After another week of political upheaval in the United Kingdom, the probability that the House of Commons will support Prime Minister Theresa May’s proposed Brexit deal has diminished further. That being the case, we now feel that there can be no end to the Brexit deadlock without either a fresh referendum or a general election.
A soft Brexit, along the lines of the withdrawal agreement proposed by May, now seems the least likely outcome, given the opposition to the proposals on all sides of the House of Commons. We also see little chance of the so-called “Norway Option”, which requires free movement of people, gaining any traction.
Therefore, the only options left on the table at this stage of negotiations are “no deal” (Hard Brexit) or another referendum, possibly leading to a general election.
Other than with a small core of ideologues, there is little enthusiasm for a Hard Brexit, either in the UK Parliament or among the public at large. We believe, along with most observers, that exiting the European Union (EU) without a deal would be a mistake. In our opinion, no deal would be an outcome which flowed from circumstances rather than a deliberate choice.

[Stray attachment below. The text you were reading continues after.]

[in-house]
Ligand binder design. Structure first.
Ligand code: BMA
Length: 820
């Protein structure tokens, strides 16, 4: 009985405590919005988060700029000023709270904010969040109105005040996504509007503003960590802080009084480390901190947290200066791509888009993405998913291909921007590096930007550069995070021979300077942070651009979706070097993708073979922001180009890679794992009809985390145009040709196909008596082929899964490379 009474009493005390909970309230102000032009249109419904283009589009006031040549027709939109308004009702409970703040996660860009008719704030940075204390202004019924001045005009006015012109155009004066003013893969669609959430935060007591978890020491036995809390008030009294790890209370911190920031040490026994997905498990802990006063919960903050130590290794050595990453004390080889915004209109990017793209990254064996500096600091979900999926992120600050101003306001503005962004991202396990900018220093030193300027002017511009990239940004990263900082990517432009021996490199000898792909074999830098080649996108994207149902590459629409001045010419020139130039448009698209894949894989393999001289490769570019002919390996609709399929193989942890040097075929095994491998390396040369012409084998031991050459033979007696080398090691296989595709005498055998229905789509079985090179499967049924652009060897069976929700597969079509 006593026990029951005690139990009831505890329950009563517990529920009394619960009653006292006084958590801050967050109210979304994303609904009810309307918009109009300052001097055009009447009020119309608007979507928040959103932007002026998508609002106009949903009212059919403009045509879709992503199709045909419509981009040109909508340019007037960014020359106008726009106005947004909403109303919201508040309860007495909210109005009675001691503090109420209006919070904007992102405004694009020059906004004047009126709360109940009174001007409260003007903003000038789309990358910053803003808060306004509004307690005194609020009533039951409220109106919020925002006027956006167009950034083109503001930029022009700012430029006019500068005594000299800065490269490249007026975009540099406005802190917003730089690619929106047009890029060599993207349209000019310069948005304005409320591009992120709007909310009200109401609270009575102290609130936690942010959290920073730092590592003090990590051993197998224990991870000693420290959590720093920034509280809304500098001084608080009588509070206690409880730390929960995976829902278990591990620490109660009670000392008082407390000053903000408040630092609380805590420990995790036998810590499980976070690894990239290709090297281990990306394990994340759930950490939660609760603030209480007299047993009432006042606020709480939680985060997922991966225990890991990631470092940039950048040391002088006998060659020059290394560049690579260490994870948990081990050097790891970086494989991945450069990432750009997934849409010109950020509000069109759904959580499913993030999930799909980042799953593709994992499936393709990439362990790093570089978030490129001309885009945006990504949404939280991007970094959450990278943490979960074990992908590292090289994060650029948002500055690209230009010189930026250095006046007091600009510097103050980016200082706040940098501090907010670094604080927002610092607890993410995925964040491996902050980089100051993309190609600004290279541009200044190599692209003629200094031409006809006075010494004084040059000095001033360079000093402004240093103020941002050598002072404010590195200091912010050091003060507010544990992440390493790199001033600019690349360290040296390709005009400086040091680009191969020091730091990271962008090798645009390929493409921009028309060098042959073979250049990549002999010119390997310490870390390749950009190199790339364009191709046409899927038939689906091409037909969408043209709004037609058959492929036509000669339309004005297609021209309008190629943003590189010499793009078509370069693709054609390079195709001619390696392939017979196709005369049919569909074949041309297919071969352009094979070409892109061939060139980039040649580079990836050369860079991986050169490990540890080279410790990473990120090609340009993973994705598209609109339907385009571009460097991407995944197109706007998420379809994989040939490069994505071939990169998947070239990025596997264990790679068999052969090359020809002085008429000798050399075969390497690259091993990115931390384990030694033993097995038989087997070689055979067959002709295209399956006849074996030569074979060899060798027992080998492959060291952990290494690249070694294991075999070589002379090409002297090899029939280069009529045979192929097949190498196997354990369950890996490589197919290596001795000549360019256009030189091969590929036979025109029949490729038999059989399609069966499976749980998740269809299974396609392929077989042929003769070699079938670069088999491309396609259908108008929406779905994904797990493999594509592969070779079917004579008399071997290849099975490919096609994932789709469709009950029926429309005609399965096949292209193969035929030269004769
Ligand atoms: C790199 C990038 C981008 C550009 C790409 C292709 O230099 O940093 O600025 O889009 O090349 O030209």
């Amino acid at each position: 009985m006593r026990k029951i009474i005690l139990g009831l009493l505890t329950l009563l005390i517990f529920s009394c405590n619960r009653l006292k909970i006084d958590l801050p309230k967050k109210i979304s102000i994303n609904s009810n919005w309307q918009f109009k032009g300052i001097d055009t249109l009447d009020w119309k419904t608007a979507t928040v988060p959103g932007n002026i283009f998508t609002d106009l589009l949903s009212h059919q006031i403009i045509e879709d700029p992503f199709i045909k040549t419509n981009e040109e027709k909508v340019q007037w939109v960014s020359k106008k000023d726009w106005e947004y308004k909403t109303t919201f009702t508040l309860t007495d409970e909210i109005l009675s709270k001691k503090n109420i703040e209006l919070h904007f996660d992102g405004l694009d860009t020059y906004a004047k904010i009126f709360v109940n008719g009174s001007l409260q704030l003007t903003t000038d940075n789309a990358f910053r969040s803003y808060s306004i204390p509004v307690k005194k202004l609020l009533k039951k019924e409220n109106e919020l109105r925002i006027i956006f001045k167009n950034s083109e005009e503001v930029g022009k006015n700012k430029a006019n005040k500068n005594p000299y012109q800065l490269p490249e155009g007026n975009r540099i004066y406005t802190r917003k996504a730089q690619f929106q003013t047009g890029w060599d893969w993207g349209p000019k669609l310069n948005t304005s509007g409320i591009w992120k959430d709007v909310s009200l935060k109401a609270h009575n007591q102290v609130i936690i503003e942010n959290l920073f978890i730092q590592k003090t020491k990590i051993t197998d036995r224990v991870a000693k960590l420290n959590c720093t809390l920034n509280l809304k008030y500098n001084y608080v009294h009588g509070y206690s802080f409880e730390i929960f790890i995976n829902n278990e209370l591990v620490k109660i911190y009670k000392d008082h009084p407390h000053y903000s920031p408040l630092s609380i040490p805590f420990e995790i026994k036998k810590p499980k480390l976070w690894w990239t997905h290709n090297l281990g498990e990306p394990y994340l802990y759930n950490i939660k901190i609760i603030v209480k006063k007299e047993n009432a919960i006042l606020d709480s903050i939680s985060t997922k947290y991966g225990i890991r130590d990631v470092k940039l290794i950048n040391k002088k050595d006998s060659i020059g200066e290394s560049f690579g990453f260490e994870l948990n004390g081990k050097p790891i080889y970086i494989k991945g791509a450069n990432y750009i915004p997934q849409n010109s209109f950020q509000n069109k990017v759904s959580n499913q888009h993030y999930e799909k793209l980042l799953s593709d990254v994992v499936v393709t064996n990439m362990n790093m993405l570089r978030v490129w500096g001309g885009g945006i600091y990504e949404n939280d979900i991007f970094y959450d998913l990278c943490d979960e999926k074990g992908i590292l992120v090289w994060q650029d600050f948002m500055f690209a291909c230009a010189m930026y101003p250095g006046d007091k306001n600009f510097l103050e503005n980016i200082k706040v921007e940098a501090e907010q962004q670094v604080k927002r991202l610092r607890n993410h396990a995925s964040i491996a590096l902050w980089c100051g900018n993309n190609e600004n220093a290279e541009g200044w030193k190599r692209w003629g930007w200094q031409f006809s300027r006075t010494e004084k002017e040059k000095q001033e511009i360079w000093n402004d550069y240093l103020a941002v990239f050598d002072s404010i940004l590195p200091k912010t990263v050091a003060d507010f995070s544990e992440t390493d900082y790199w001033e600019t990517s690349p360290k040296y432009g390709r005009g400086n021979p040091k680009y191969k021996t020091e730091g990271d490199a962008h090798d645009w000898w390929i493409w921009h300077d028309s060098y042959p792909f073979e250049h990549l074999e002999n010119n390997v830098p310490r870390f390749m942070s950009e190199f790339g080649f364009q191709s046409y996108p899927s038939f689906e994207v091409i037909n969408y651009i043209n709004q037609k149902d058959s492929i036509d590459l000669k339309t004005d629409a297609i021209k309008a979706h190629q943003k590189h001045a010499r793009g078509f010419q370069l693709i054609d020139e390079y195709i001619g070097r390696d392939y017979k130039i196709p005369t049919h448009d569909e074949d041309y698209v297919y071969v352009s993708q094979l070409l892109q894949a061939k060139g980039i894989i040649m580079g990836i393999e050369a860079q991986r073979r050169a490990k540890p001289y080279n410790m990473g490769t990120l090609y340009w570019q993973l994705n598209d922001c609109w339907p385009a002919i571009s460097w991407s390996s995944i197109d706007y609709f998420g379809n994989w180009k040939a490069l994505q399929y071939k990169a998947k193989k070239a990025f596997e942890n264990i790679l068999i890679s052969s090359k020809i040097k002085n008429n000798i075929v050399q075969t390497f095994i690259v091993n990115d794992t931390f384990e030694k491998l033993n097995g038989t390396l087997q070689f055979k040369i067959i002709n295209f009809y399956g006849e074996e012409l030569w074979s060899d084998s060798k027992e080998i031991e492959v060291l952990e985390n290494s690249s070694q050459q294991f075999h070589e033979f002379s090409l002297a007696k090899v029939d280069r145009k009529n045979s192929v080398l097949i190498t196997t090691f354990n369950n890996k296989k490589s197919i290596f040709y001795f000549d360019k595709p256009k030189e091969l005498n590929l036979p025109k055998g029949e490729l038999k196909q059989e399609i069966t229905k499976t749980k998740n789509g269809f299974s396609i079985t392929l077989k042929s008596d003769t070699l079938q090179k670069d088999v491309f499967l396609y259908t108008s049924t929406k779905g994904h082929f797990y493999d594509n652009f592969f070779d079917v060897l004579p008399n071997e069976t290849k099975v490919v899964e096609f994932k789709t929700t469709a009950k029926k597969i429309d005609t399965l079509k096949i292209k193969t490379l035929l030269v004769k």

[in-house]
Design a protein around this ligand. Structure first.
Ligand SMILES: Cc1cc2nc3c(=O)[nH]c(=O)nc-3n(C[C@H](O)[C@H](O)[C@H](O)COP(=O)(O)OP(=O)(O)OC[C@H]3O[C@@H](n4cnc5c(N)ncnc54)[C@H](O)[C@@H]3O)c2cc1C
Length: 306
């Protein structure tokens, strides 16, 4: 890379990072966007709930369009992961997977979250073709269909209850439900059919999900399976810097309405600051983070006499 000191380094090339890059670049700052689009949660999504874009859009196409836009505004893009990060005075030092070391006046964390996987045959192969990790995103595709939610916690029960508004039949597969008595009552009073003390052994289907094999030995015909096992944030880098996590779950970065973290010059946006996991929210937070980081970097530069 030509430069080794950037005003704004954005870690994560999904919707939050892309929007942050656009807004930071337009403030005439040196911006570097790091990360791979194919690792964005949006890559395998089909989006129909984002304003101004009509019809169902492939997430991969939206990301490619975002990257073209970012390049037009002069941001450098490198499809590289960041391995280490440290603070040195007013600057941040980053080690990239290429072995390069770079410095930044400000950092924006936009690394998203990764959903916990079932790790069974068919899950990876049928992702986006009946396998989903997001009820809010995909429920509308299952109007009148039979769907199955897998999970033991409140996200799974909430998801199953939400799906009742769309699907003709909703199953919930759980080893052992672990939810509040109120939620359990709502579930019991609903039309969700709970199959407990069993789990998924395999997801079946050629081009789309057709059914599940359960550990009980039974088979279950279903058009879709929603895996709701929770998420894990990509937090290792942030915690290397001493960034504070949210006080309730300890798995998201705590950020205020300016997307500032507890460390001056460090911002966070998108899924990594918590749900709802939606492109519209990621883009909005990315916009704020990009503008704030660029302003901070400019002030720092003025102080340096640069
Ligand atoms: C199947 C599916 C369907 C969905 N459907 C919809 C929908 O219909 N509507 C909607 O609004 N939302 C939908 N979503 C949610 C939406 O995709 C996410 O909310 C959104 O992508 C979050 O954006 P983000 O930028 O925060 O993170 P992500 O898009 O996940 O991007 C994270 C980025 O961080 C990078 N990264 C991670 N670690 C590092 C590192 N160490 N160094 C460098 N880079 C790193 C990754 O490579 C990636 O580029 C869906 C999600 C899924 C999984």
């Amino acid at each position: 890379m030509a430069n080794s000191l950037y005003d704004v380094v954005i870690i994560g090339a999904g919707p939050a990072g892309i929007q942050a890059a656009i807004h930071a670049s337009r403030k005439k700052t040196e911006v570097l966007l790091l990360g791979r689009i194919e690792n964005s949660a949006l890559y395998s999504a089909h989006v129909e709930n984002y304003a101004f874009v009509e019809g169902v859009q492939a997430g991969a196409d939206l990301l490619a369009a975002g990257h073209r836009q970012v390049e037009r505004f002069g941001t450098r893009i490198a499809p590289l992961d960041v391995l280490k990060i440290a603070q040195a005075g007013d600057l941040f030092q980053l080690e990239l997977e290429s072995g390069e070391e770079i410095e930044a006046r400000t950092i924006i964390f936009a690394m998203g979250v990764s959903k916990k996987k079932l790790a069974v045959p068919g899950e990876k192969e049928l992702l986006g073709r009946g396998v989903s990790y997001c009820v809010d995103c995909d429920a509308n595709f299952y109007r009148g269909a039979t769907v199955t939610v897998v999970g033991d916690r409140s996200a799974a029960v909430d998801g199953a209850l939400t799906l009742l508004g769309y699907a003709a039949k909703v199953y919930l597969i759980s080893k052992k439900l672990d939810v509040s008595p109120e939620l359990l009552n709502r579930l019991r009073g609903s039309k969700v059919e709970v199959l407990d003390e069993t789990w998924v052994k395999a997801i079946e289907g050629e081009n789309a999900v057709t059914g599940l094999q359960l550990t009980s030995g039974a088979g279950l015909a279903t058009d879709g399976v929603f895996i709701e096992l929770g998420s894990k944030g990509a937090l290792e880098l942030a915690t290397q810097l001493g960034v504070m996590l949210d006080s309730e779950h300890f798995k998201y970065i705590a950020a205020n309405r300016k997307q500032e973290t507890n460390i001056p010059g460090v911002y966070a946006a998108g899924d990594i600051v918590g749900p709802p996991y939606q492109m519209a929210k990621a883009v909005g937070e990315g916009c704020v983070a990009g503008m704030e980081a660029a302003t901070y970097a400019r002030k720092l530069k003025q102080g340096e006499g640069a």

The Path to a New Referendum
May has set her face against a fresh referendum and her Conservative Party colleagues are wary of a General Election given their shaky standing in opinion polls.
But May’s political standing has been fatally damaged after last week’s leadership challenge in which two-thirds of her backbench members of parliament (MPs) voted against her.
We think she is likely to continue as Conservative leader only as long as Brexit is unsettled and while her party attempts to find “the right” successor.
Meanwhile, the Brexit countdown clock ticks on. Therefore, logically, the most likely course of events is that May and her government request a delay in the Brexit process.
Any extension of the Brexit negotiations requires agreement from all of the 27 other EU member states.
While it is likely to be granted, we have little confidence the EU would be prepared to make substantial concessions. Thus, we envisage a scenario in which May comes back to Parliament with roughly the same deal as before, but a few more platitudes attached.
In our view, lacking significant change, this would also likely fail to secure parliamentary support. The logical step would then be for May “reluctantly” to call a second referendum, framing it to her backbenchers as the “least bad option” (i.e. not a general election).
Given the EU’s firm line on no renegotiation and the tight timeline, it is hard to see a soft Brexit option fitting as a referendum question. This leaves only “Remain” or “Hard Brexit” as possible options to offer. This will be vociferously resisted by the hardcore Brexiters and the airwaves will be filled with the claims of treachery, but by then we think the tide of opinion may have turned.